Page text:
The Evolution of the Business Plan

This year I’ve had the opportunity to attend a number of great conferences and events in the Startup world. Like a sponge, I’ve been trying to absorb as much information as possible by surrounding myself with experts in the space. One top that continues to come-up in conversation and at conferences is the business plan, and how it is evolving. Business School still tend to focus on traditional business plans while the Startup community in many cases, is going in a much more lean direction. First things first though, why do you need a business plan?

You need a business plan if you are starting a real business. No, the website that you’re making $100/month from doesn’t need a business plan, but the company you want to build with employees, an office, marketing budget, etc. that needs a business plan. Some people think that business plans are only necessary if you’re raising money and while it is an important piece of the funding puzzle, it is more than just a plan to provide investors. A business plan really is validation for yourself that you’ve done the research and really gone from idea to business.

Just in the creation process itself you have to cover a lot of ground and really flesh-out the business behind your “great idea” because we all have great ideas…not all of them are businesses. You need to understand who your competition is, how your business makes its money, how much money you need to run your business, how big the market is, etc. I’ve had a ton of people reach-out to me to partner on a project or idea they have. When I ask them about the available market or who the top competitors are in the space I’m surprised at how many don’t know, the usual response I get is, “but don’t you think it’s a great idea?” Like I said at the beginning of this paragraph, yes – there are lots of great ideas, you probably have ten of them, but not all are businesses.

Now back to the evolution of the business plan. For years now business schools have been teaching students about business plans. They all talk about the same document, a 20 – 35 page document that follows a specific format. It can take a long time to put-together a complete business plan and at the end of the day investors might only read the executive summary. The time spent on this (which could be weeks or more) could be better spent doing customer development, getting to know your competitors, or seeing if you can get your first paying customers.

One of my favorite quotes about business plans comes from Steve Blank, a serial entrepreneur who has gone on to teach entrepreneurship at business schools like Columbia, Berkeley, and Stanford. Steve wrote an incredible book that is one of the most highly regarded in the Startup space called Four Steps to the Epiphany. In his book Steve says, “A business plan is a document investors make your write that they don’t read.”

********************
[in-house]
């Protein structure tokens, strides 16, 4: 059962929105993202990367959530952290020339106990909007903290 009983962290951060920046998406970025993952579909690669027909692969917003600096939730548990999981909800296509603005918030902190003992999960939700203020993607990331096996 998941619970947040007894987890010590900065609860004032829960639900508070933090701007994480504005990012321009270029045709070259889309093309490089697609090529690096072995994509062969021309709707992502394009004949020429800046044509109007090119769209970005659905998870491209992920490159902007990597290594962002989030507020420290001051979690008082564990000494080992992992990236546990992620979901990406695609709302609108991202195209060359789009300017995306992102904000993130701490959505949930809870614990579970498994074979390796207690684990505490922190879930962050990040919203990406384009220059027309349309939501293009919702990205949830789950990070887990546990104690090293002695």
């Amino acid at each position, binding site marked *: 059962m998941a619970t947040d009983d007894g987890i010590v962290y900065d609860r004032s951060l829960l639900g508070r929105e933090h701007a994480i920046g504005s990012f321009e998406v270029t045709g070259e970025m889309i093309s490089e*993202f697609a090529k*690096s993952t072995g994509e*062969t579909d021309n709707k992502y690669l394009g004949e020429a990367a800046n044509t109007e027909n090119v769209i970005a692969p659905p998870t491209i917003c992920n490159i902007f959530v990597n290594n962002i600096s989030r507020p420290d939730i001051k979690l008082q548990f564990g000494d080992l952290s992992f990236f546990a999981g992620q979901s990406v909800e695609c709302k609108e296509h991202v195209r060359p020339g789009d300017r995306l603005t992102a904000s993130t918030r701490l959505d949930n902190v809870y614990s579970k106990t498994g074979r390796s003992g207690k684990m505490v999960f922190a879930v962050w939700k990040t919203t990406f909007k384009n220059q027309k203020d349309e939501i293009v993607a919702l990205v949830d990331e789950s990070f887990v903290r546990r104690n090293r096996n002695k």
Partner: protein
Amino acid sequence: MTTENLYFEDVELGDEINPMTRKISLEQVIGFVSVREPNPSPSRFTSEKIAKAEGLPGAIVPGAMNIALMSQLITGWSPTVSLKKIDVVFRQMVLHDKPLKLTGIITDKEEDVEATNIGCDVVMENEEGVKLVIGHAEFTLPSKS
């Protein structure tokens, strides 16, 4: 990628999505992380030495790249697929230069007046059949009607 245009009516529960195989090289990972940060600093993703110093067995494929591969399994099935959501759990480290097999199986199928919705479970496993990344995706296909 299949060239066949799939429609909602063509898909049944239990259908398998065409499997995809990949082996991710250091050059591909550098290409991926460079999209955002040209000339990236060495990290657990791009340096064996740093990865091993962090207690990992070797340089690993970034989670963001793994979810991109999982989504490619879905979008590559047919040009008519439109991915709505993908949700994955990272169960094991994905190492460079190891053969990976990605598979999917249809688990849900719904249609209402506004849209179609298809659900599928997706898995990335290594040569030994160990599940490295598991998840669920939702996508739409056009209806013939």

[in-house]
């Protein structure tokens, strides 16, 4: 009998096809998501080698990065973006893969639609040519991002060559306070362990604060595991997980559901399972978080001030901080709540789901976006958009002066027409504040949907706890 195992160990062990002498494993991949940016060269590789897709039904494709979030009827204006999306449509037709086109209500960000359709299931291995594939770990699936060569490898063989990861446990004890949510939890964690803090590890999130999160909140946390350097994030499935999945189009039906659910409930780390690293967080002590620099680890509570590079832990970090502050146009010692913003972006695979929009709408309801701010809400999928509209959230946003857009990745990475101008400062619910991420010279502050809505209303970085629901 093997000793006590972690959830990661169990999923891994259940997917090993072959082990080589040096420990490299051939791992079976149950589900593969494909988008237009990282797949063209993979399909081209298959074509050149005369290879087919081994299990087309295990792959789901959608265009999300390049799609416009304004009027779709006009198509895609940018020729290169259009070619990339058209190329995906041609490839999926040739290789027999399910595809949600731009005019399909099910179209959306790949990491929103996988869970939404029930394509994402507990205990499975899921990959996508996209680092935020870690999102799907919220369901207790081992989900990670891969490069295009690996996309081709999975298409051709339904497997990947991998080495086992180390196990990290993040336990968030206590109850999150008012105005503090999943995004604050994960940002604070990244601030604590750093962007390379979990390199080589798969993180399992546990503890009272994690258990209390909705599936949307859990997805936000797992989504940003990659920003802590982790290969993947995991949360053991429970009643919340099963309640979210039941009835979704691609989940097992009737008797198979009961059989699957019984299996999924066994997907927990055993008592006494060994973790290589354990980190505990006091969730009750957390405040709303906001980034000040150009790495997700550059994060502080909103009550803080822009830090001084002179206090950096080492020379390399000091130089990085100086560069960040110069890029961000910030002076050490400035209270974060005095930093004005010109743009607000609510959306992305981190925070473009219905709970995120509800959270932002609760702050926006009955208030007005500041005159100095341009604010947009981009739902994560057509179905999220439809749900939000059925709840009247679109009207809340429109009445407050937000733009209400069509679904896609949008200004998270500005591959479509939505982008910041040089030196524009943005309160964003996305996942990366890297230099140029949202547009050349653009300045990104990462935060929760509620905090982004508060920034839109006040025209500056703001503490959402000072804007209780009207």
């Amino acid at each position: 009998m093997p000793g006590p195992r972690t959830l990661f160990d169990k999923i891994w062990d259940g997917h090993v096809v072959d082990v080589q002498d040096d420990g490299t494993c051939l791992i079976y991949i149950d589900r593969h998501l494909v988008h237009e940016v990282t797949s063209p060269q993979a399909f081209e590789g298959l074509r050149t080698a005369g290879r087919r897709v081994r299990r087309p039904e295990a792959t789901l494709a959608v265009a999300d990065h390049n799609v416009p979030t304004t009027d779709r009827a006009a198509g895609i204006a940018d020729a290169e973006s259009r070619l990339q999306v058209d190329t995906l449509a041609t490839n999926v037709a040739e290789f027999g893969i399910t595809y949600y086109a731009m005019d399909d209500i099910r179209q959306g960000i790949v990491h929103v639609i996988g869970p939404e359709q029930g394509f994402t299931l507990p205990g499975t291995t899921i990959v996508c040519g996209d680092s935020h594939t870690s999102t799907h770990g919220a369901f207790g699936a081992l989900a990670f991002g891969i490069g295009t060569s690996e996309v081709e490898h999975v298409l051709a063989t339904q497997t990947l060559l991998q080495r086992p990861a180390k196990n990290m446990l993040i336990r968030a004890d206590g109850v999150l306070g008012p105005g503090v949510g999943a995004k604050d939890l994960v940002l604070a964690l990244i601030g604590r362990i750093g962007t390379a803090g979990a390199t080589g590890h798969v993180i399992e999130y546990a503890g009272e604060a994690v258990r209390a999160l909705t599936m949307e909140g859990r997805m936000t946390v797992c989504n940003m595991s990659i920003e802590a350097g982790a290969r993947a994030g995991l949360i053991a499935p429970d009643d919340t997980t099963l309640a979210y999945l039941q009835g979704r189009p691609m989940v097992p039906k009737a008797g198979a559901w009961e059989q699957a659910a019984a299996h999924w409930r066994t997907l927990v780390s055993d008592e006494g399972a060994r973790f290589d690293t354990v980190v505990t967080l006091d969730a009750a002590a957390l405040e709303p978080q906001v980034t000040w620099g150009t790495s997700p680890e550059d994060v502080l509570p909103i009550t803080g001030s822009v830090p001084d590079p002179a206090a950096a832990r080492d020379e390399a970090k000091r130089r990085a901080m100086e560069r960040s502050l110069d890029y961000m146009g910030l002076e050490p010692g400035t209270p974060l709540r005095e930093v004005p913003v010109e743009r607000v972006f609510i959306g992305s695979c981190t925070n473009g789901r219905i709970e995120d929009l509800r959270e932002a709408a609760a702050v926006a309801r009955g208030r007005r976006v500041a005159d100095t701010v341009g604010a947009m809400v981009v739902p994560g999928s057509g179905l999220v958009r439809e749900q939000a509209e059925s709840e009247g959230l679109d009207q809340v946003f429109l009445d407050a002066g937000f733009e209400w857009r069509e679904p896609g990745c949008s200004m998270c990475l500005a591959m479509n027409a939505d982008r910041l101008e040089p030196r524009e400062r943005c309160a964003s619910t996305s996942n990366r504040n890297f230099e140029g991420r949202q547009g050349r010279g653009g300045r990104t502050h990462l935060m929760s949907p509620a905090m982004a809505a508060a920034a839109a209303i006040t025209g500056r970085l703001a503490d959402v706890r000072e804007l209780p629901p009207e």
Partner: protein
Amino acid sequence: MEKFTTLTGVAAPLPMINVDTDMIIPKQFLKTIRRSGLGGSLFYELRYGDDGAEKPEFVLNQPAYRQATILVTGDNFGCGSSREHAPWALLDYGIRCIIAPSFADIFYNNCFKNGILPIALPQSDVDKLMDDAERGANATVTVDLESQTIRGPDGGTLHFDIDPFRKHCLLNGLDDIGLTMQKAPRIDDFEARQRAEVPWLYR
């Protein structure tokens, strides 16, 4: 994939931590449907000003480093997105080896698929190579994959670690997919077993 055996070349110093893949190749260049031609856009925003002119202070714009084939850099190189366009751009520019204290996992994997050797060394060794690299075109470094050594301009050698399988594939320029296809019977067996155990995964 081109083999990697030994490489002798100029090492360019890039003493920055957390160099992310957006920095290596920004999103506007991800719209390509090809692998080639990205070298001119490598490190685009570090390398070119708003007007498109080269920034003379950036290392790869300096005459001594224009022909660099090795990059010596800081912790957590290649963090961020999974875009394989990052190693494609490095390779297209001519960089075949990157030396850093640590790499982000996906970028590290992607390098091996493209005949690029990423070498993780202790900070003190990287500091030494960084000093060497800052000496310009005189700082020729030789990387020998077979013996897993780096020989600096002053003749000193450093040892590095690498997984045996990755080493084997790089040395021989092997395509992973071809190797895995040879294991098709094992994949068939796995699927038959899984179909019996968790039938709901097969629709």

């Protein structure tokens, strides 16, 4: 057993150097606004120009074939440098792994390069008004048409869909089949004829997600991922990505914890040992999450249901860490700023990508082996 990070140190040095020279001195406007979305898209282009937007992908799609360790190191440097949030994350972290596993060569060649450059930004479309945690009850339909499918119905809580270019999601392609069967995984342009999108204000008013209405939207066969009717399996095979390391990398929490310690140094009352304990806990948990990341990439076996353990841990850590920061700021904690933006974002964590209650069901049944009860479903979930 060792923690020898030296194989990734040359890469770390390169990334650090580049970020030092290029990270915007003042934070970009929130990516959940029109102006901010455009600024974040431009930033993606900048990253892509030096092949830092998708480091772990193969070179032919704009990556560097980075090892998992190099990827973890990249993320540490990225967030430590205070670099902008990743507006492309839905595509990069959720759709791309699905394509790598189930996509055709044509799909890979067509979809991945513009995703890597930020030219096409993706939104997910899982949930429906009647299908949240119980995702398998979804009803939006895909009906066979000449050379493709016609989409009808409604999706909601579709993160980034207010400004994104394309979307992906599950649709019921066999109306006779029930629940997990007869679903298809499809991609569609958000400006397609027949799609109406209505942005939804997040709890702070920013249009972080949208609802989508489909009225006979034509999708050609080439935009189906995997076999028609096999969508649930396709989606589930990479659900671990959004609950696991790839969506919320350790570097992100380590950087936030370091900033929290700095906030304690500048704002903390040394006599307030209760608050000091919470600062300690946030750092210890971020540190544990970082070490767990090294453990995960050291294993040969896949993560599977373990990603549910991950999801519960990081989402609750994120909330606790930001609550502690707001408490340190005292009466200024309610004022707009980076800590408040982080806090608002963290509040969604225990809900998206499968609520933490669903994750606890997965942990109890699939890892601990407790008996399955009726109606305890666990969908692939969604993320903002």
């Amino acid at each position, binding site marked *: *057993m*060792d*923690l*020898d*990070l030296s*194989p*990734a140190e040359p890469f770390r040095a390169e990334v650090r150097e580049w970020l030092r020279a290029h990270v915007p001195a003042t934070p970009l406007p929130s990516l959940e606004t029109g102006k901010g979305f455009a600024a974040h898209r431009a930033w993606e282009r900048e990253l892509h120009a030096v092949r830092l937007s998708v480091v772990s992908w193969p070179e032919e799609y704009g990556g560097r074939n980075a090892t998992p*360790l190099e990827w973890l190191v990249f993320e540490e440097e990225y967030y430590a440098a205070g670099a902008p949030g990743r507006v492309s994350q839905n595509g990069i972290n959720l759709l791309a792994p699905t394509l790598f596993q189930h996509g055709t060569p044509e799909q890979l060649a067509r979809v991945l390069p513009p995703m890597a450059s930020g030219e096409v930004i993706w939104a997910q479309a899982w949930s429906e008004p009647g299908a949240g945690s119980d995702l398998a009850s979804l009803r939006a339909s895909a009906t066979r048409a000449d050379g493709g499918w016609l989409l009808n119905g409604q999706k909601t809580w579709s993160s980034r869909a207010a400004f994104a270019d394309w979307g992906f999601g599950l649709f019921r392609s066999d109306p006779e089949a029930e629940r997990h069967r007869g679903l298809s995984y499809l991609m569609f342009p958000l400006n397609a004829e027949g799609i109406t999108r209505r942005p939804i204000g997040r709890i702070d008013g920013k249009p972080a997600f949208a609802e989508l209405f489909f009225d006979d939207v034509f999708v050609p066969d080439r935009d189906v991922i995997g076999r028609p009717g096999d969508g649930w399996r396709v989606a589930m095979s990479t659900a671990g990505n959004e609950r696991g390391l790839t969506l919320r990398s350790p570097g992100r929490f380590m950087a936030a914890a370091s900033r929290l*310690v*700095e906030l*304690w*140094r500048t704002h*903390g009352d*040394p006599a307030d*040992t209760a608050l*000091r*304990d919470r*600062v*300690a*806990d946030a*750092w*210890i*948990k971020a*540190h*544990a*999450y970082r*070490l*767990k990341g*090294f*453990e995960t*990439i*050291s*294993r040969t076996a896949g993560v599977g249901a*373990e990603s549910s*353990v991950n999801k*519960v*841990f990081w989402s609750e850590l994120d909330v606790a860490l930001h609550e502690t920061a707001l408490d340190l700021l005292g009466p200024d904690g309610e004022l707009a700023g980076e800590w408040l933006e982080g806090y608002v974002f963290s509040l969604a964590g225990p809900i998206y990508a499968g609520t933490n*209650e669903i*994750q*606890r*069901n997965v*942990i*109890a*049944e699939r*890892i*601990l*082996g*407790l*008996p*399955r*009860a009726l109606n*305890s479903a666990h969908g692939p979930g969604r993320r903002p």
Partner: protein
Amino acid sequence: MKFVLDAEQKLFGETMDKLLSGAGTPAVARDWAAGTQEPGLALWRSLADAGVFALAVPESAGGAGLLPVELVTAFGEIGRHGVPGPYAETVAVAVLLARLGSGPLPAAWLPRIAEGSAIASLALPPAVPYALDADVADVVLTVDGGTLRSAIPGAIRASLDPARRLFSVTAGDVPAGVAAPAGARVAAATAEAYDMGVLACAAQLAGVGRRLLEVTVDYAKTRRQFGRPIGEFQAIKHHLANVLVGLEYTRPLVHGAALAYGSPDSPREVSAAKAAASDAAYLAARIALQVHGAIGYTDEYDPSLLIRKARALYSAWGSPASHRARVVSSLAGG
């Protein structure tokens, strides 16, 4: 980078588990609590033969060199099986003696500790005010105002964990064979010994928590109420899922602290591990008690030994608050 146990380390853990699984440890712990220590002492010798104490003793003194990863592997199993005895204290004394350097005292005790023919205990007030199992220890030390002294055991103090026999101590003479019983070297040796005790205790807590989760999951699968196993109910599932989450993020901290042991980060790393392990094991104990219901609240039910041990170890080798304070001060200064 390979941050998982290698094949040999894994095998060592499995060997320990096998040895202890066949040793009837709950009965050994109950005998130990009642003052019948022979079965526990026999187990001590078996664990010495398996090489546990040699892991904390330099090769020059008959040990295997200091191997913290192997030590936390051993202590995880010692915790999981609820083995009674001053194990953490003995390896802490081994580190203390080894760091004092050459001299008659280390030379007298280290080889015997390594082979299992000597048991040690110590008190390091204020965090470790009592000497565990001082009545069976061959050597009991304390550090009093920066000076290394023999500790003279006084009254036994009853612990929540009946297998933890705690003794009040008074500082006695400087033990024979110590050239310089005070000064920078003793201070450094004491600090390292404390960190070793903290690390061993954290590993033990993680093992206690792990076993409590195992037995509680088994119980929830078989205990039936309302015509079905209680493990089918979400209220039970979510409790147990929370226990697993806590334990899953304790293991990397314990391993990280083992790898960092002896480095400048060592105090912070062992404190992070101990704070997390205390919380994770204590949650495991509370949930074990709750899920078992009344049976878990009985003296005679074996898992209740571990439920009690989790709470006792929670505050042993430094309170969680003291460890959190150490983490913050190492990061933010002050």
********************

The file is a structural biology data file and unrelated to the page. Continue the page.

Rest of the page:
So how has the business plan evolved? The evolution is a shortening, the creation of a document with all the information investors are looking for, all in one place. One of the best examples I’ve seen of the new business plan model comes from a very cool new product Lean Startup Canvas.


Lean Startup Canvas focuses on the core of the business plan – documenting your hypothesis. They have created a one page business model that you can use to organize your business plan into a succinct one-page document that you can show investors and potential partners. The idea is simple here though, in the new Startup model, where getting your minimum viable product out of the door is paramount, a lean business plan makes a lot of sense. You really should be spending every single minute that you can on building your business vs. planning your business.

It’s important to take a step back here and understand what this means. This doesn’t mean that you should slack-off and not plan at all just rushing-into building your business. You still need a plan, however as soon as you make that plan you need to start testing your hypothesis and doing real customer development. Too many entrepreneurs let their ideas die before they had a chance to really understand what customers thought and how they could evolve their model to fit a real need. Just because your hypothesis was true doesn’t mean you had a bad idea, you may just need to change your idea to fit your customer.

We live in a world where turning an idea into a reality has been made more possible than ever before. This is a change, a new model, where customer development is key and you can quickly validate if the customer that you “think” would love to use your product really would. A business plan is still very important, however what form that plan is in has evolved just like the Startup model itself. Don’t be afraid to go lean, still give investors what they are looking for, but spend more time with customers learning about what they want and how you can build a company with more than just a great idea, but a real business behind that idea.

Morgan Linton

Morgan Linton